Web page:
ONA awards grants to university journalism programs

Print More

LOS ANGELES — The Online News Association is extending its support for two experimental university-based journalism programs, the Georgia News Lab and the New Mexico News Port.

ONA cited both as grand prize winners of support from its Challenge Fund for Innovation in Journalism Education, which over two years has provided grants of $35,000 each to 24 projects testing new approaches to teaching college journalism. The New Mexico News Port is one of several projects that collaborated with public media stations.

ONA announced the winners Sept. 24 during the opening session of its annual conference.

The largest prize — a $65,000 grant — goes to Georgia News Lab, a collaborative investigative journalism program involving five universities and two news organizations, the Atlanta Journal Constitution and WSB-TV, Atlanta’s ABC affiliate. Directed by David Armstrong at Georgia State University, the program “recruited for diversity and made sure that the students had access to the same resources,” Armstrong said during a conference session featuring presentations from seven Challenge Fund grantees.

Georgia News Lab’s students worked alongside experienced reporters on an investigative series and “turned up stories of how Fulton County squandered millions in federal HIV grants,” Armstrong said. The coverage prompted an investigation by a state ethics commission and the ouster of a county official.

New Mexico News Port, an online publishing platform for journalism students at the University of New Mexico, will receive $10,000 in grand prize money. Michael Marcotte, a former public radio news director and consultant who now is a professor of practice in UNM’s journalism program, supervises the News Port, which operates as an online news service and an “innovation space” for testing new approaches to news coverage.

Students in Marcotte’s intermediate and advanced reporting classes are required to produce coverage for the News Port as part of their coursework. They also produce video and audio segments for the university’s public television and radio stations. In the project’s first year, 75 students contributed reporting and seven faculty members participated in the project in some way, Marcotte said.

The launch of New Mexico News Port reflects an “acceleration of news thinking” within UNM’s journalism department, Marcotte said, which was the charge he took on in 2014 when he joined the faculty. Though students initially objected to the course requirements, “two-thirds of the way through, they were starting to persist and succeed,” Marcotte said. “At the end, they thanked us for challenging them.”

“Challenging these students is what they need,” Marcotte said.

The ONA session also featured presentations from Challenge Fund grantees at the CUNY Graduate School of Journalism, which collaborated with the New York Daily News in producing a three-part series on mold in public housing; Howard University in Washington, D.C., which is launching a fact-checking program to re-examine often-repeated stories about African-American communities; and West Virginia University, which is producing a sensor-journalism project on water quality in partnership with West Virginia Public Broadcasting and the Charleston Gazette. John Keefe, senior editor of the data news team at New York’s WNYC, is an advisor to West Virginia’s “Stream Lab.”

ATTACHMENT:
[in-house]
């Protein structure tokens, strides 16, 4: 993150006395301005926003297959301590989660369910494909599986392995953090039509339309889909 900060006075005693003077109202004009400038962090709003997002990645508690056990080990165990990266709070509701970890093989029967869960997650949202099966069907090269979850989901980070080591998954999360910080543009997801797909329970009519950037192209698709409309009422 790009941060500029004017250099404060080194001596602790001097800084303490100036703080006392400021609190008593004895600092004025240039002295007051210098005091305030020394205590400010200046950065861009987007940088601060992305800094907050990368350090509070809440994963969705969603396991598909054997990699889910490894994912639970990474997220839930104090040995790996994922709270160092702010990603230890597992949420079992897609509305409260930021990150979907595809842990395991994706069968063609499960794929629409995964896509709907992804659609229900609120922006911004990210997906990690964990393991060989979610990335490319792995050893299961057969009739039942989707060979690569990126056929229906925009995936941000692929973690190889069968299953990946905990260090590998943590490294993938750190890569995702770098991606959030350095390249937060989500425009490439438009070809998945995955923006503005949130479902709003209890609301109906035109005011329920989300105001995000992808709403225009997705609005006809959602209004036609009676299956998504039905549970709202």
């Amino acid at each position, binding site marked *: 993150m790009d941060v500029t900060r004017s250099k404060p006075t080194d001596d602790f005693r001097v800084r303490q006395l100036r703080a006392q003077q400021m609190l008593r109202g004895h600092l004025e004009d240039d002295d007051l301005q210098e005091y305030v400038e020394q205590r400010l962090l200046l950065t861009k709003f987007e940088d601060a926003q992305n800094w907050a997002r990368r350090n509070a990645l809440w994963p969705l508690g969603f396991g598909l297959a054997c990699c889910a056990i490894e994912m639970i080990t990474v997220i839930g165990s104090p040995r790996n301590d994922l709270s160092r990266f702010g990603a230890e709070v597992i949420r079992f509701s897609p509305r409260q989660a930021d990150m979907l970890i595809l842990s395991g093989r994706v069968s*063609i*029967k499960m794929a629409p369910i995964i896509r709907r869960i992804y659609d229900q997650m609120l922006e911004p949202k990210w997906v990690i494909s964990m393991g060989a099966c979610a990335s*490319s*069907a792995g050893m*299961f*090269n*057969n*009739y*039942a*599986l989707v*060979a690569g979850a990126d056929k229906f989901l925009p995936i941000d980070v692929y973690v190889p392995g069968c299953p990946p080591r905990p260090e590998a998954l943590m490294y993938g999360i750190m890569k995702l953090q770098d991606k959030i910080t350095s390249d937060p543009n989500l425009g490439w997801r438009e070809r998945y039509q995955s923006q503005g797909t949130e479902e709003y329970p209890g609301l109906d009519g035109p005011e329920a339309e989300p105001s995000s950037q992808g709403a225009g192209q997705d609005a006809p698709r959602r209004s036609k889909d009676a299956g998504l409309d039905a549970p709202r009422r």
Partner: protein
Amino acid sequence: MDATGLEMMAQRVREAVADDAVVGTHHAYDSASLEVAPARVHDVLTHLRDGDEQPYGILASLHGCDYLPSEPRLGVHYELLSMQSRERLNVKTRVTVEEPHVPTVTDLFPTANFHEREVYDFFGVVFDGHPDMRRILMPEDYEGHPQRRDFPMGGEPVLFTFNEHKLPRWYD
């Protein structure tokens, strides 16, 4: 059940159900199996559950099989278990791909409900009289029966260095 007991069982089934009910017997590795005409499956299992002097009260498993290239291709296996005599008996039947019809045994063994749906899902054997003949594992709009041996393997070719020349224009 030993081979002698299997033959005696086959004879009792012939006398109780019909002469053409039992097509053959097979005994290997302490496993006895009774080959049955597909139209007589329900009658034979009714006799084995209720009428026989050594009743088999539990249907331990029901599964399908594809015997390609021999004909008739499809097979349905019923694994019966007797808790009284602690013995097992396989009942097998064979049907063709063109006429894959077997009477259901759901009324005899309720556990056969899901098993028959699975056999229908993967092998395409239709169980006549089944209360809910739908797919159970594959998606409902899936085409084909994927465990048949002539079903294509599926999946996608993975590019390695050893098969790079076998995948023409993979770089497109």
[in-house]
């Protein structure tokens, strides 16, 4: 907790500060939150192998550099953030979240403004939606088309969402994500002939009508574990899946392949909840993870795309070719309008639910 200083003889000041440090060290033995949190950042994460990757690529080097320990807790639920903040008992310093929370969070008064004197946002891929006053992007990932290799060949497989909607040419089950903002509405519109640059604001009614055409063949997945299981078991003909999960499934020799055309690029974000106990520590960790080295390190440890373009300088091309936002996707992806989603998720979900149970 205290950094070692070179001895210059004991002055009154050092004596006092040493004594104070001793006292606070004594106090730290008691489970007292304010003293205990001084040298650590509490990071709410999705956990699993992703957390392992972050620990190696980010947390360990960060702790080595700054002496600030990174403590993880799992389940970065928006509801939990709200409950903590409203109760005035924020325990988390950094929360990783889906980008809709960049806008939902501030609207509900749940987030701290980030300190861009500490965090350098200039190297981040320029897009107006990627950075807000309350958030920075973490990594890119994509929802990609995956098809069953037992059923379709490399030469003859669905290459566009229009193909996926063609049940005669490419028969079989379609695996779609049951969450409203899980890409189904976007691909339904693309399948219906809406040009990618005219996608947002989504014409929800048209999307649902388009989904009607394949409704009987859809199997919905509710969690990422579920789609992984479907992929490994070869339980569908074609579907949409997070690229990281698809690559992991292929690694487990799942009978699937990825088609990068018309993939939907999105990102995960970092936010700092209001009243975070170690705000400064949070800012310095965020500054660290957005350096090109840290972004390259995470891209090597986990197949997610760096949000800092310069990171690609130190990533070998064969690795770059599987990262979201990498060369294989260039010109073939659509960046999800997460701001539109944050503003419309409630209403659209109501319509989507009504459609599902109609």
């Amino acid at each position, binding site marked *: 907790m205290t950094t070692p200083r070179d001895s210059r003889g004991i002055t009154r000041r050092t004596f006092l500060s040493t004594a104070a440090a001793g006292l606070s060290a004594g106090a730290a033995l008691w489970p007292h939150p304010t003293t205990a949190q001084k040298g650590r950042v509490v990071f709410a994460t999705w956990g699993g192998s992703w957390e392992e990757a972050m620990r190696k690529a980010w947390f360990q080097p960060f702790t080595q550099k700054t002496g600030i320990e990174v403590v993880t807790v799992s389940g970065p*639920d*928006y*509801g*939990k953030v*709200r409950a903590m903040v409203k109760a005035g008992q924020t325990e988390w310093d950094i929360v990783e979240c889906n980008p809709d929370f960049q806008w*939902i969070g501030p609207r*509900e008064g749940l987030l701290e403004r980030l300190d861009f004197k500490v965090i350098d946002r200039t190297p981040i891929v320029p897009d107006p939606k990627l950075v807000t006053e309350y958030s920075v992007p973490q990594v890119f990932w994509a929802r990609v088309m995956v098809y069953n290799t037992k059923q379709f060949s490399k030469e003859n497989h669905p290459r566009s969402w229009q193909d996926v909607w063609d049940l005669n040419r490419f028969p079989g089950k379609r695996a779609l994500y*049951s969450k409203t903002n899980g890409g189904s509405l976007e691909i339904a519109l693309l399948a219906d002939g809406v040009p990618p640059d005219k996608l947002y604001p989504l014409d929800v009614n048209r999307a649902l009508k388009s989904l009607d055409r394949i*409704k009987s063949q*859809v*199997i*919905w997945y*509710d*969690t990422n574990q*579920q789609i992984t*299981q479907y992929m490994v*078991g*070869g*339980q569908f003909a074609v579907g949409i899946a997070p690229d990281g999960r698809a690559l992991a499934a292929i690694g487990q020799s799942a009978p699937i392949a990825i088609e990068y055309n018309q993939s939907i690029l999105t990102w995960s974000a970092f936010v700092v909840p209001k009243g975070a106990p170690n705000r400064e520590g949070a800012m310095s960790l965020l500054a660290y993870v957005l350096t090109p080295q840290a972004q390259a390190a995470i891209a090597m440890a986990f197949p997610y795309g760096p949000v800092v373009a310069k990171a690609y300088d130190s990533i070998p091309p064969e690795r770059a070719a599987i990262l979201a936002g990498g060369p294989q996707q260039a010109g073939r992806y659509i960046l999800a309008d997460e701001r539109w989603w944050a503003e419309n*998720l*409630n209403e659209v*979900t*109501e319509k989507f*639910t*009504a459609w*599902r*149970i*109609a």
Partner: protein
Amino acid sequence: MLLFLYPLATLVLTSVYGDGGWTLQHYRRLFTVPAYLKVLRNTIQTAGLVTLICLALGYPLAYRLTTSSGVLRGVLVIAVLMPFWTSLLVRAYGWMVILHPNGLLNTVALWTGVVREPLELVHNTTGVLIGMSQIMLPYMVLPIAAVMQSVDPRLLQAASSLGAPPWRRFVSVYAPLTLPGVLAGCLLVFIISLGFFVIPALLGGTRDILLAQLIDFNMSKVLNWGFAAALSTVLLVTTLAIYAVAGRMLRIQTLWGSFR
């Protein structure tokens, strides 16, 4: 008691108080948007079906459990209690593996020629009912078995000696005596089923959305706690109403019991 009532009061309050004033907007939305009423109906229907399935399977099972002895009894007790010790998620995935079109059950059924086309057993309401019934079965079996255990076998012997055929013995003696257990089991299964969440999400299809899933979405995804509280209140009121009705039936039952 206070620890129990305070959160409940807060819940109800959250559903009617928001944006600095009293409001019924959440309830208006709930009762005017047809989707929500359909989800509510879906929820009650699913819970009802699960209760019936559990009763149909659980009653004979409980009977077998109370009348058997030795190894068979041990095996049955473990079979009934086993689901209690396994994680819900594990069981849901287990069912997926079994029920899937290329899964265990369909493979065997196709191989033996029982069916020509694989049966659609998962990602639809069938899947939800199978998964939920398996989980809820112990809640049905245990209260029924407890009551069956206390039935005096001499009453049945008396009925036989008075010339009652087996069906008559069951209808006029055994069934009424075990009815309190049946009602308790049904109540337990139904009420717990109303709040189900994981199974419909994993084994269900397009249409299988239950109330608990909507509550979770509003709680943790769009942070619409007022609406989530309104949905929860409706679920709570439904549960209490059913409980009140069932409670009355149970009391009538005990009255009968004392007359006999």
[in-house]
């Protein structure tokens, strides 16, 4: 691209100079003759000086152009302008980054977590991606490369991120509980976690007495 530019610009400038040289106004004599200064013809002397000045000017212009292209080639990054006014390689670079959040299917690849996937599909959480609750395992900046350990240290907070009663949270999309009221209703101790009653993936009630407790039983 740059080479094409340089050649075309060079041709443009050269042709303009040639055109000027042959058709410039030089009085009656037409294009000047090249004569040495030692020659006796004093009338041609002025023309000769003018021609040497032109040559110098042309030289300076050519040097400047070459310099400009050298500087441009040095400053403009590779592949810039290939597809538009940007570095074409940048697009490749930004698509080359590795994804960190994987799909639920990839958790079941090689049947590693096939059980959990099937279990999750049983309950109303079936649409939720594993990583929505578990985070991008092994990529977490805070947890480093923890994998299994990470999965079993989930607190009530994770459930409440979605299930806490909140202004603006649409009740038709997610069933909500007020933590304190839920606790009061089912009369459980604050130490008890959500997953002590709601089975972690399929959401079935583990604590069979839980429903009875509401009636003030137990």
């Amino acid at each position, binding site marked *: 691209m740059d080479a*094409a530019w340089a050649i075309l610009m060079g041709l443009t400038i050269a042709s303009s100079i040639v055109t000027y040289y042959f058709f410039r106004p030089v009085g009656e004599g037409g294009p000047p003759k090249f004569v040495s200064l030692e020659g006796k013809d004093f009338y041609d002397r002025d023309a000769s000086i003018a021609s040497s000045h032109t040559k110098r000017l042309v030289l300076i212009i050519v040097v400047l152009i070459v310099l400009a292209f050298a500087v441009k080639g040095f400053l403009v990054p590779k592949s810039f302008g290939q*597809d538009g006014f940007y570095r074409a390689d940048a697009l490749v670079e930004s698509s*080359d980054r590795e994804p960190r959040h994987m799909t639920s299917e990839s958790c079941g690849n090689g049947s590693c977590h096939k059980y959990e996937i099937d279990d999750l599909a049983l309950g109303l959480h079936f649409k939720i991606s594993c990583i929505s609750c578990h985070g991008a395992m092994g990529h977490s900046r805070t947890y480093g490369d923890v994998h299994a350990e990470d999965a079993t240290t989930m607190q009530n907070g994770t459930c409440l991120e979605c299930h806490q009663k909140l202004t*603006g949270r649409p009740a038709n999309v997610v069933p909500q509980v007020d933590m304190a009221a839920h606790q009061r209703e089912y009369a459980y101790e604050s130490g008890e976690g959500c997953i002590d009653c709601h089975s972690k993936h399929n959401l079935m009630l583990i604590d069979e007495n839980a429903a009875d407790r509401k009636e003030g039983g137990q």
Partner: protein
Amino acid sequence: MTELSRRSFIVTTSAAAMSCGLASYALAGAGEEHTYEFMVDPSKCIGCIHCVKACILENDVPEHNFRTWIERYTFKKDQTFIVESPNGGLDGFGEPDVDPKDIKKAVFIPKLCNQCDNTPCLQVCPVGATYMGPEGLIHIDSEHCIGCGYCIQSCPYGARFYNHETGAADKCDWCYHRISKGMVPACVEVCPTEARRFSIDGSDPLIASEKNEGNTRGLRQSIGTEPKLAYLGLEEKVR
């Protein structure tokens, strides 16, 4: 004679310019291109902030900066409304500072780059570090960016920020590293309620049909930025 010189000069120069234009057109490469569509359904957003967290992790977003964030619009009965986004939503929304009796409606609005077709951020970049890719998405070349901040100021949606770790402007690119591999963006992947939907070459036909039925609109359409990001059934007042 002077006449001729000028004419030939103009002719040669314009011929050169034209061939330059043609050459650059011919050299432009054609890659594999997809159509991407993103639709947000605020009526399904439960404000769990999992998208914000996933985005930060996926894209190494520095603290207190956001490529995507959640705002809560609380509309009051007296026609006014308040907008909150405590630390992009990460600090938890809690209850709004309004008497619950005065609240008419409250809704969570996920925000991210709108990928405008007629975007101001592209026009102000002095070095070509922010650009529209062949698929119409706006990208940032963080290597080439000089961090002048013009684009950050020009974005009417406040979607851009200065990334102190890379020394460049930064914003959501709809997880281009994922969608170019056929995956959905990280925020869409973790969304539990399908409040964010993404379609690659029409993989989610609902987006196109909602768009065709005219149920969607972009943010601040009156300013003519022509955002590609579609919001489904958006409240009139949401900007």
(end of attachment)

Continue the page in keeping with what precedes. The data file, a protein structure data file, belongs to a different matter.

WVU Reed College of Media Innovator-in-Residence John Keefe shows a possible sensor design prototype to class on Monday, August 17, 2015. The class will use sensors to measure pollution levels in West Virginia waterways. (WVU Reed College of Media/David Smith)

John Keefe, senior editor of WNYC’s data news team, shows a sensor design prototype to West Virginia University students. (Photo: WVU Reed College of Media/David Smith)

In an illustration of the experimental nature of the Challenge Fund projects, Keefe held up a sensor created to measure the water quality of the Monongahela River. “We’re using technology that didn’t exist until earlier this summer,” he said. The sensors are encased in plastic water bottles that the West Virginia students tied to concrete blocks and dropped into the river.

“We’ve collected some good data and some crazy data,” Keefe said. “In the end, we might have a story about the water quality of the Monongahela, or we might have a story about a failed experiment.”

ONA partnered with the Excellence and Ethics in Journalism Foundation, the Robert R. McCormick Foundation, the John S. and James L. Knight Foundation, the Democracy Fund and the Rita Allen Foundation to launch the two-year, $1 million Challenge Fund program, which announced its second round of grantees in April.